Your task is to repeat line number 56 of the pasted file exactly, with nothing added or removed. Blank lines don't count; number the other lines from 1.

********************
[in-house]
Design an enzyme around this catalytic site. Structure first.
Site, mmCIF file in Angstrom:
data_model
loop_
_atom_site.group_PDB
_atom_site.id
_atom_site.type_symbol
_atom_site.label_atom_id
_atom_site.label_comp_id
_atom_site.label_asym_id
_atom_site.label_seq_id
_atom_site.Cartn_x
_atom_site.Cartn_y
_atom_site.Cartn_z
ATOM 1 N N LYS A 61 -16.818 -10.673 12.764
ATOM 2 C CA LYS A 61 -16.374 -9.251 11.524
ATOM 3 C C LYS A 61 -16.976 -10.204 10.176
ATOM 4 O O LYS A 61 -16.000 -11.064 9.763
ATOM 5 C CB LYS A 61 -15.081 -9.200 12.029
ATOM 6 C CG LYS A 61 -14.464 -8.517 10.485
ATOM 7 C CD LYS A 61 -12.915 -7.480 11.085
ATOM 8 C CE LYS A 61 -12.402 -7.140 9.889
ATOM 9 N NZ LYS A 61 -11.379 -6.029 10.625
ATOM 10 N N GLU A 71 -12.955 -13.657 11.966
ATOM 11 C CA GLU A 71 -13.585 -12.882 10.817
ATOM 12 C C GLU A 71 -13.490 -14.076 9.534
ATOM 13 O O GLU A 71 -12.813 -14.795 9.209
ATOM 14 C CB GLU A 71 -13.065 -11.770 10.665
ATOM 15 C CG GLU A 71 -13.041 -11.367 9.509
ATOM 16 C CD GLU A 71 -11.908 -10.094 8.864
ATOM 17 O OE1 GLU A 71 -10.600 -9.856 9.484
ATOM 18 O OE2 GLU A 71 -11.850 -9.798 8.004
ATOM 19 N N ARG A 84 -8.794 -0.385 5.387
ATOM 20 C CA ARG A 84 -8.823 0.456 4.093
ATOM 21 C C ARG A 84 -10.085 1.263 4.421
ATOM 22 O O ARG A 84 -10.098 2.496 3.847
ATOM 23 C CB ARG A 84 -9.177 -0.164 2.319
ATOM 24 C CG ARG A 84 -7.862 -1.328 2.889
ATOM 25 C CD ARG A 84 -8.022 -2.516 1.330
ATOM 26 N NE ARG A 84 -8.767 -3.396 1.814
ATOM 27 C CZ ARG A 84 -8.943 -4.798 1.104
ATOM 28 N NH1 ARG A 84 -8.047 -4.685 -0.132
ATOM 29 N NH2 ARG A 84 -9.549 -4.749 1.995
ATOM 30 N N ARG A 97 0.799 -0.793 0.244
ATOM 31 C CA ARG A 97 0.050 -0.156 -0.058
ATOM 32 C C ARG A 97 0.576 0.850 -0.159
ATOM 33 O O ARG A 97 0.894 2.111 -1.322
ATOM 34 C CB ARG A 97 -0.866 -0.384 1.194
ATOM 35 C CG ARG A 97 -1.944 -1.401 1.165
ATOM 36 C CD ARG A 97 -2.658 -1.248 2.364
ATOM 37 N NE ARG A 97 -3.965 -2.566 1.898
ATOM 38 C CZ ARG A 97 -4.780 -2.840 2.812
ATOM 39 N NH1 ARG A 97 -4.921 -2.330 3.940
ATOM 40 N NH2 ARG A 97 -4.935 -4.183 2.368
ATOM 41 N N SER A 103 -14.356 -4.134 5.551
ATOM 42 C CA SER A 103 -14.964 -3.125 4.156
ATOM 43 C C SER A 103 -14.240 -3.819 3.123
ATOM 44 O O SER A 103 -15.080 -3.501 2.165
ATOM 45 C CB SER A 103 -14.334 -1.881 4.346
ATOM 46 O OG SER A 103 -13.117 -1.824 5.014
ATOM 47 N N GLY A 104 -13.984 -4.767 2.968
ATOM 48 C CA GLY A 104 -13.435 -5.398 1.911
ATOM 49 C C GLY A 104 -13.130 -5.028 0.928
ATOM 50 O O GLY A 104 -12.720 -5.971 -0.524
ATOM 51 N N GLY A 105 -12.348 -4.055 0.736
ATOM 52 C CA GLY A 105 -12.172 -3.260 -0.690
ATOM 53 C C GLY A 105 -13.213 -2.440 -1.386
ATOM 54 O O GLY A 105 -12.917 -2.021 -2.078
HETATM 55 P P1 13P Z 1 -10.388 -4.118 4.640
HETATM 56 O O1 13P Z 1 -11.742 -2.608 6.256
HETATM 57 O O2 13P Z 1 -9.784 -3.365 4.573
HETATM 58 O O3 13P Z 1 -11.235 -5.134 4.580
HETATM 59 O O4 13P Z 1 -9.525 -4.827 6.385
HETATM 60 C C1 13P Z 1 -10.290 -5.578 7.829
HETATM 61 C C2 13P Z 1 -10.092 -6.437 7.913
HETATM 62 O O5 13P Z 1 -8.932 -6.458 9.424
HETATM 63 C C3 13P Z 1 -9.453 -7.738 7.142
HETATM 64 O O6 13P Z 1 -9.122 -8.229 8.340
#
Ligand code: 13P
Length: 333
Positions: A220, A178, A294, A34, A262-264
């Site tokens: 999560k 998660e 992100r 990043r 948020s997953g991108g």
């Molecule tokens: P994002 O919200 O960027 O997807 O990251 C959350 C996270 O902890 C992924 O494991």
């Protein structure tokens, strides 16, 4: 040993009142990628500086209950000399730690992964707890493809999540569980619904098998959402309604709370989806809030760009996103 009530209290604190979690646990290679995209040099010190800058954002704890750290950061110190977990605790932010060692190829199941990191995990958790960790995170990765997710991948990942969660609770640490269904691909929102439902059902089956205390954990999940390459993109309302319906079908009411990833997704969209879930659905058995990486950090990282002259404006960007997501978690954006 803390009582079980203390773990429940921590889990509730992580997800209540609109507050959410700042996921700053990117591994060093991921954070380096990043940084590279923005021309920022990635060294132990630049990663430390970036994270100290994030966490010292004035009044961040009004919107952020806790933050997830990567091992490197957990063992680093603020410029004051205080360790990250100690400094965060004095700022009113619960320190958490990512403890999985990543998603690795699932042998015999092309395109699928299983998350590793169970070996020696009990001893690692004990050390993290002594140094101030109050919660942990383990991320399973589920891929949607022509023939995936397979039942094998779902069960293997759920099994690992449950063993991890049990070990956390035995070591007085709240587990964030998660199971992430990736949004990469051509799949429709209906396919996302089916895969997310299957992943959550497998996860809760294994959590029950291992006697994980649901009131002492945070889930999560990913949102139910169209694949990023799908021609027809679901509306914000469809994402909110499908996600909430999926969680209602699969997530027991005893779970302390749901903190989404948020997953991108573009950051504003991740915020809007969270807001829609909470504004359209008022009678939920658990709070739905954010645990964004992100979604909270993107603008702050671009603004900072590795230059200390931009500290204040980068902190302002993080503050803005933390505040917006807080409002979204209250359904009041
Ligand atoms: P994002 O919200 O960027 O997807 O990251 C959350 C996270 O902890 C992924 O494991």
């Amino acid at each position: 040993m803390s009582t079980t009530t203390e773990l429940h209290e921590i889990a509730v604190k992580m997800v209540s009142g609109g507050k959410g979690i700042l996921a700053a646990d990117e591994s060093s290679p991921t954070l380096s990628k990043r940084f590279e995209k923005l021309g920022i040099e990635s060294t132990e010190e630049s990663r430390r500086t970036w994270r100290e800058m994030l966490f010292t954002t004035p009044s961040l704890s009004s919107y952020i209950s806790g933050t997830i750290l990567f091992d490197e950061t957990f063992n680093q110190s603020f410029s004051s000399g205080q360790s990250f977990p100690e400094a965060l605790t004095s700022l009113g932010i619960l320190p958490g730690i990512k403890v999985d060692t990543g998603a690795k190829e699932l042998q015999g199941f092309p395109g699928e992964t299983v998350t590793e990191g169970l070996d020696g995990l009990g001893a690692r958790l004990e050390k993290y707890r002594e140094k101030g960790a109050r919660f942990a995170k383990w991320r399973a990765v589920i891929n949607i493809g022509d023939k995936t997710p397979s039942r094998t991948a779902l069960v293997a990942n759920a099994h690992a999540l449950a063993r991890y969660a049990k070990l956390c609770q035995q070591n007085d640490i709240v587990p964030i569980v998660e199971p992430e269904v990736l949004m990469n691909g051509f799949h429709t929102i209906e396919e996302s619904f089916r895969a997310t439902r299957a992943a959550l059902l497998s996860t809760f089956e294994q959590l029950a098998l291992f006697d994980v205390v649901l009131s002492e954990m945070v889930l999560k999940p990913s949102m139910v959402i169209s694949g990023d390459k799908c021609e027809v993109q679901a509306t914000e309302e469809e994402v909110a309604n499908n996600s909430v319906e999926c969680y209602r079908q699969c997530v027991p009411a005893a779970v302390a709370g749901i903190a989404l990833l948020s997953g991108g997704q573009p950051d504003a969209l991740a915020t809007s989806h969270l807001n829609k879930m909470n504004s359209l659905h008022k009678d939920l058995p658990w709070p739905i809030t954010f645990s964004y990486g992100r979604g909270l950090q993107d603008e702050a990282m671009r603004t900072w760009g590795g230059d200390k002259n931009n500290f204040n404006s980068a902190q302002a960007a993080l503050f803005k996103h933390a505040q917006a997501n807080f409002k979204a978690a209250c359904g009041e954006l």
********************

ATOM 41 N N SER A 103 -14.356 -4.134 5.551